1. This is an excellent video, so thanks for finding it … plus I agree with you. Tim, one of the reasons I admire your posts is that you really try to practice what you preach. I’m sure you’re the first to say that you too have pitfalls, but you try and not enough people do!

    Recently I was in a group where the conversation took an unexpected turn. At first I was trying to figure out how it turned … and I never found the connection … but I must admit that I reacted like the majority in the video as I simply left the room for a few minutes … maybe if I would have seen this video and the one the other day explaining questions about racism, I would have reacted differently … and more effectively!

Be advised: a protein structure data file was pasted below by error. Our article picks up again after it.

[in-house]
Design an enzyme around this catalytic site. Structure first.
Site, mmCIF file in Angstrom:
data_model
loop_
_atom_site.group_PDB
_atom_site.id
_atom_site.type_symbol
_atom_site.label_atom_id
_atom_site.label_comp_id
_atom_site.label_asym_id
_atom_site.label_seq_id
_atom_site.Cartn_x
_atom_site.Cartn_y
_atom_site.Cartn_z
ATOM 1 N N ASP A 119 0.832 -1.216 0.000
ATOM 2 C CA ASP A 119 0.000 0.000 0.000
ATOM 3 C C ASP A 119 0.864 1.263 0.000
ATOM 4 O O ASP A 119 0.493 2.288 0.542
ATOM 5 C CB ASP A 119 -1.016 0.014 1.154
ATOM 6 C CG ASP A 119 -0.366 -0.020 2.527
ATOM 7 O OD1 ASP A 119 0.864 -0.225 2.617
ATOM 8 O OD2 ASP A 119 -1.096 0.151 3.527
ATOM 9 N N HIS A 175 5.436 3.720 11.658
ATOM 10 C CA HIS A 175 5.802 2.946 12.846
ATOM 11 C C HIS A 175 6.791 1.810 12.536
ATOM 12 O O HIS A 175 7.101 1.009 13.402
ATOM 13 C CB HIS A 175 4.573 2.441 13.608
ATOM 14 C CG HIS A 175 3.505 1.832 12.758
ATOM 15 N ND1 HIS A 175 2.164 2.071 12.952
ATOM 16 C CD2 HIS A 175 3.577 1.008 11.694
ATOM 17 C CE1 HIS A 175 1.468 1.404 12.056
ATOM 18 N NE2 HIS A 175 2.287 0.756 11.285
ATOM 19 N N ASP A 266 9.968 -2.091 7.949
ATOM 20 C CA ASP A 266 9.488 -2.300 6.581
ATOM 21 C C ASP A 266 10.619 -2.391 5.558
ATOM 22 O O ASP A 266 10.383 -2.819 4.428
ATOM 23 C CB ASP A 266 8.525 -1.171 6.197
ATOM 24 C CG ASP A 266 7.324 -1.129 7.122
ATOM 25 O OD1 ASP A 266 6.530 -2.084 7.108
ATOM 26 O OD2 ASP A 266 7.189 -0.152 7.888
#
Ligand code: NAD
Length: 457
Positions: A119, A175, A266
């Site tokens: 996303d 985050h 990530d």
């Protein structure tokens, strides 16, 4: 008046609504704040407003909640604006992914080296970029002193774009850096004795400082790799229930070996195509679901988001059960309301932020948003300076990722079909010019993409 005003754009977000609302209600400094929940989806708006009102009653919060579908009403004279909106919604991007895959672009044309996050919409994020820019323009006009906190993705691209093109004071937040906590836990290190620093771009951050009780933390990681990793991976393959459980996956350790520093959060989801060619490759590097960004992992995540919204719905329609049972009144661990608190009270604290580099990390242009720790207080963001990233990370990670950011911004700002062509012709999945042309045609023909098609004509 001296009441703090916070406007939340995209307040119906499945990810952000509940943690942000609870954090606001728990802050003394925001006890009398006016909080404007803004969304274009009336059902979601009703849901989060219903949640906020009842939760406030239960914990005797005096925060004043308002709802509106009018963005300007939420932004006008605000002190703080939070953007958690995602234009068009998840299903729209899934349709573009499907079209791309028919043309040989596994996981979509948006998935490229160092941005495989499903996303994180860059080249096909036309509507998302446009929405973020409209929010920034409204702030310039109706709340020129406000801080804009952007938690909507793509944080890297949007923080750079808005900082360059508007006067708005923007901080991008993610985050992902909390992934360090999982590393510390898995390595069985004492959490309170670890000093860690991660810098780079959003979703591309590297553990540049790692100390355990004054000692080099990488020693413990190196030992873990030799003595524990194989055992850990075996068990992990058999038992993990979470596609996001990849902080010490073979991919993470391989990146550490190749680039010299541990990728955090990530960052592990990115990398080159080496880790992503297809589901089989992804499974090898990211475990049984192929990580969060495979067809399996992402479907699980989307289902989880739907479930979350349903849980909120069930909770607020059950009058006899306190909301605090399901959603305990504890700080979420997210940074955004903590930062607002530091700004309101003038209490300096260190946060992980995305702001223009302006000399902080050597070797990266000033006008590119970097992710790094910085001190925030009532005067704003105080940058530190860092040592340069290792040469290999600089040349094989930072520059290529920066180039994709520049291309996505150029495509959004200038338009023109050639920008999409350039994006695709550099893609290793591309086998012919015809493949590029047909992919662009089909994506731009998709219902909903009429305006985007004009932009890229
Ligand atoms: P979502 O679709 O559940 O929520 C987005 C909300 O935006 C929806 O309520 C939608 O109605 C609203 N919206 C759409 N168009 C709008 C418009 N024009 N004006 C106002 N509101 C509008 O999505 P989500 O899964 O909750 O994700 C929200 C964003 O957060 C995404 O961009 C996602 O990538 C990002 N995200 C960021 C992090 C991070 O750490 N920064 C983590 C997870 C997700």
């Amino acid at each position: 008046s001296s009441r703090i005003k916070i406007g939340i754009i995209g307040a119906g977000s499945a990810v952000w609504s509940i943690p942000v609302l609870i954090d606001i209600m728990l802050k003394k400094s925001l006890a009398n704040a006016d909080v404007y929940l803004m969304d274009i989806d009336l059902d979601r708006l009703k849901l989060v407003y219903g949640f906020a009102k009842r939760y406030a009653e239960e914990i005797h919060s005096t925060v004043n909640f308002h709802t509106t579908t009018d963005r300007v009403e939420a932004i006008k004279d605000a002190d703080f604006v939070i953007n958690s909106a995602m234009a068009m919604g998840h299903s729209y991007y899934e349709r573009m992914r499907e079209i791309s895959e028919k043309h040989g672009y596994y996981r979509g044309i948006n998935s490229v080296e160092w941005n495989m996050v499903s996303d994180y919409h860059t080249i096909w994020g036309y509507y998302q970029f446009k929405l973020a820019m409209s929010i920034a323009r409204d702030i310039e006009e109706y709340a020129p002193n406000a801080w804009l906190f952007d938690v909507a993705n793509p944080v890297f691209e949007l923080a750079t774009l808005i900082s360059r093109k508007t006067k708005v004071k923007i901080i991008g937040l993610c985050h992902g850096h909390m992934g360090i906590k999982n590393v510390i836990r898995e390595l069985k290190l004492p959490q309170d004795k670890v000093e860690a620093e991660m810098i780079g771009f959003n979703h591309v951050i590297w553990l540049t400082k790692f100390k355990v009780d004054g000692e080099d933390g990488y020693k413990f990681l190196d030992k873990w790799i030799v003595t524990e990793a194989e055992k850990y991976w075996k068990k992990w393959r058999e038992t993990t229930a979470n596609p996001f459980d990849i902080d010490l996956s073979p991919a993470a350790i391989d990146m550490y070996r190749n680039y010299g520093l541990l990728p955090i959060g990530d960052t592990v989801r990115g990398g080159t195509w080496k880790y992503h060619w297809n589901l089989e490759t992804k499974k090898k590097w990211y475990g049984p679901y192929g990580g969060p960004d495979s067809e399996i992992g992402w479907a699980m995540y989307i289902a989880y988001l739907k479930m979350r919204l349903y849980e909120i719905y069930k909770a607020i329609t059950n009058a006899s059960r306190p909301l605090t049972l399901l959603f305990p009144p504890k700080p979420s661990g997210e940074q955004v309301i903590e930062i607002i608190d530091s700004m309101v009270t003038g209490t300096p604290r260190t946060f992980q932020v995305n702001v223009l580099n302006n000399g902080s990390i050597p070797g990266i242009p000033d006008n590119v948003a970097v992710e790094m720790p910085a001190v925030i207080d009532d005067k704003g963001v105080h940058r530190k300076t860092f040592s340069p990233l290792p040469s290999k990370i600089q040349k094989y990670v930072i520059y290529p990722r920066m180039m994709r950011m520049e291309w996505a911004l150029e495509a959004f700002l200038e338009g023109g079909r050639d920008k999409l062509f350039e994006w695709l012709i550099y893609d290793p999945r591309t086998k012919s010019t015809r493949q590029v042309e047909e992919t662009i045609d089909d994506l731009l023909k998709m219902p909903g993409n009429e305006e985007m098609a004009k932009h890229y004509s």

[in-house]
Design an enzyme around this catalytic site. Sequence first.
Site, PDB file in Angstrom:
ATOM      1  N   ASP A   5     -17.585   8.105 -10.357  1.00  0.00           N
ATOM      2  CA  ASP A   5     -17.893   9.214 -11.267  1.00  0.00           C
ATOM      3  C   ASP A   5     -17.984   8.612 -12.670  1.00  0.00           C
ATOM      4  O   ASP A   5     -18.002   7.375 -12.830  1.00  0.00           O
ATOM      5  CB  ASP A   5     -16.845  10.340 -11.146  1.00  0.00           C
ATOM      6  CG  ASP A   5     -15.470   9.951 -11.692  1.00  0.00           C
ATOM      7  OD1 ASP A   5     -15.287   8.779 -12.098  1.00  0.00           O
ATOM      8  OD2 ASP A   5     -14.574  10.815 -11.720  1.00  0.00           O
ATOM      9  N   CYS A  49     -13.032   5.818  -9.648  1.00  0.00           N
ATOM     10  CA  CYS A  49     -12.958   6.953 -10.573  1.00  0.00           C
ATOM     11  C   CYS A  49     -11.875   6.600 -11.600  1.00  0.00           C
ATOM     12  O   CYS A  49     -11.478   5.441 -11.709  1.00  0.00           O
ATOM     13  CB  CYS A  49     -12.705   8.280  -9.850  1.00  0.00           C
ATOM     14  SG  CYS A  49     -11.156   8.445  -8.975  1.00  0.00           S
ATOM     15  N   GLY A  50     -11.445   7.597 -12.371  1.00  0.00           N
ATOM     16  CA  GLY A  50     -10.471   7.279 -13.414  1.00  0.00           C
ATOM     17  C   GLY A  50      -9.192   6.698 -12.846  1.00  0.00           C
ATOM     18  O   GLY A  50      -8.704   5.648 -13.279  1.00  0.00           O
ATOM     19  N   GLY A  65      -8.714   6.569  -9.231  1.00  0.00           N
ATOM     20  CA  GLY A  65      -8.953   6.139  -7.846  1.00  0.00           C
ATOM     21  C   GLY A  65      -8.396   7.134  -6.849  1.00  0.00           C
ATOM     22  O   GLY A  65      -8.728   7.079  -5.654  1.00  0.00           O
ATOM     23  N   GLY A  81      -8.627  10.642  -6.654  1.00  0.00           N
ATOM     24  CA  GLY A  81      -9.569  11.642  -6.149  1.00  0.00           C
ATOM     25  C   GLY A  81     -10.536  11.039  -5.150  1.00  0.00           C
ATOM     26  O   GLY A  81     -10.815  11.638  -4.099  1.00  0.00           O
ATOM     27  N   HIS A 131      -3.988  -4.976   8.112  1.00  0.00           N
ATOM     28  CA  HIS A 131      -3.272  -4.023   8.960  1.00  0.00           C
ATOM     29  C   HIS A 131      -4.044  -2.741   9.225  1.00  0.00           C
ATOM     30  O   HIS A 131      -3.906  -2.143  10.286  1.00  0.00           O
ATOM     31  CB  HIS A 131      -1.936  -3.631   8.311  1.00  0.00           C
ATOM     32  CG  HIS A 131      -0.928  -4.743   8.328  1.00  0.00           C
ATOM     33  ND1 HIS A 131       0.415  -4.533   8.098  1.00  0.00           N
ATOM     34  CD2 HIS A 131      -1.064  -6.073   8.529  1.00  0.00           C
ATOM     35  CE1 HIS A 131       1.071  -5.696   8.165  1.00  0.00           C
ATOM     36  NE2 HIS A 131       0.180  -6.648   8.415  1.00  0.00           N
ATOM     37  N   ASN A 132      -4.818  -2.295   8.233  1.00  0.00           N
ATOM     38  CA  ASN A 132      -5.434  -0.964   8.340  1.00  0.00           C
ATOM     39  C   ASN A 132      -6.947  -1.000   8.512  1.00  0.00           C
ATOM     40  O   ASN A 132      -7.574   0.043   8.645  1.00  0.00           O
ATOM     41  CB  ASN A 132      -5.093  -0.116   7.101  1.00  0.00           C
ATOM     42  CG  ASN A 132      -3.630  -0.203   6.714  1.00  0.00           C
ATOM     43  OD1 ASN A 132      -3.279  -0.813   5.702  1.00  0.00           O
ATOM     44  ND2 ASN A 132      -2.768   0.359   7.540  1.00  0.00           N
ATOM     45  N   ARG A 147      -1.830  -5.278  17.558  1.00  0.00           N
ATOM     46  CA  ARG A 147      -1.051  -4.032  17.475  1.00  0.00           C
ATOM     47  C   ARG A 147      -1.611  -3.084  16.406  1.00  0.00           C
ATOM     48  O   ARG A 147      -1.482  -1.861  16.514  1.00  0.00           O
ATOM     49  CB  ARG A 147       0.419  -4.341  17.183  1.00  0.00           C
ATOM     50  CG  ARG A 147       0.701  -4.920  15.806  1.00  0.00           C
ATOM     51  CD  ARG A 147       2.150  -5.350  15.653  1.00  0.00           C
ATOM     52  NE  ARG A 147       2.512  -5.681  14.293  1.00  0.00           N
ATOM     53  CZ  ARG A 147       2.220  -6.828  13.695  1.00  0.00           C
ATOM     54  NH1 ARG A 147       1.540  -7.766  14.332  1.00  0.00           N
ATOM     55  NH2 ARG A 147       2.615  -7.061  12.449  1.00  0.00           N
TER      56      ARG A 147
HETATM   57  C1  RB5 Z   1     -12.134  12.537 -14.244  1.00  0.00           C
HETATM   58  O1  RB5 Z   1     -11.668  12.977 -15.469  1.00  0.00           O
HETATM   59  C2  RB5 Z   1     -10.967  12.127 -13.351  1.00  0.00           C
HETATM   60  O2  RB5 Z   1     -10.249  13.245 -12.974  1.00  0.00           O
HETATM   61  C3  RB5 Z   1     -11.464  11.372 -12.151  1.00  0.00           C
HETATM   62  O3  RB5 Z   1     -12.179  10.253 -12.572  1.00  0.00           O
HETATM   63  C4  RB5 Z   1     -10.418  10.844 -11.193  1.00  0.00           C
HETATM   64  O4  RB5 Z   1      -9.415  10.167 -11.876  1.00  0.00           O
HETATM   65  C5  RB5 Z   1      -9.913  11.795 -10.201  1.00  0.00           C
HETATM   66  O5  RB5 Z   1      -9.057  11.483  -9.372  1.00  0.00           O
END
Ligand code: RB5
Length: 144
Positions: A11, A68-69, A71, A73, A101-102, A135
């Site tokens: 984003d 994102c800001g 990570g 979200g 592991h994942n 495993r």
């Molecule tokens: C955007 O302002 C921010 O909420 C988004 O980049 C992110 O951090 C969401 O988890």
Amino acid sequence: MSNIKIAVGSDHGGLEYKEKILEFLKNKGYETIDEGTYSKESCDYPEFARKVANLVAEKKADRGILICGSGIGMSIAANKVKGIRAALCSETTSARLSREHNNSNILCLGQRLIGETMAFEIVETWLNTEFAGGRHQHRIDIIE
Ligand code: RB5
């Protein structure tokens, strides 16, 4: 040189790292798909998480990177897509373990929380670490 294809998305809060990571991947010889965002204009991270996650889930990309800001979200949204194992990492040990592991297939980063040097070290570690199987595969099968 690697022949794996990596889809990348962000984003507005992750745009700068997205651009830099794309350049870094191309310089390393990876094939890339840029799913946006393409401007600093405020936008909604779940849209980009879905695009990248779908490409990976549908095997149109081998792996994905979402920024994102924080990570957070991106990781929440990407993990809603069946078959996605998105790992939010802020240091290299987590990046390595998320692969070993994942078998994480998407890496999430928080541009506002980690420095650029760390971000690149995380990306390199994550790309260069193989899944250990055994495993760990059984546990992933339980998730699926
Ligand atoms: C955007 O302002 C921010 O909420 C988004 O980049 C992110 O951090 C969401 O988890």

Thanks for this fabulous post.

    1. Thanks. It’s about to get deep soon so please tell others.

      I can honestly say that I’ve never initially assumed someone was racist. You can make a good judgment by listening or reading what they have to say in response to certain situations whether they harbor any racial animosity or misconceptions. I’ve never gotten than perception from you.

      Not everyone is willing to argue with someone on this issue, but if I do not understand anything else I understand this issue. I’ve talked about wanting to have the opportunity to speak to the world or anyone about this in an open setting and just decided to just do it. If what I’m saying is true, the opportunity will find me. So I’m talking about it in detail. Monday will be a very good one.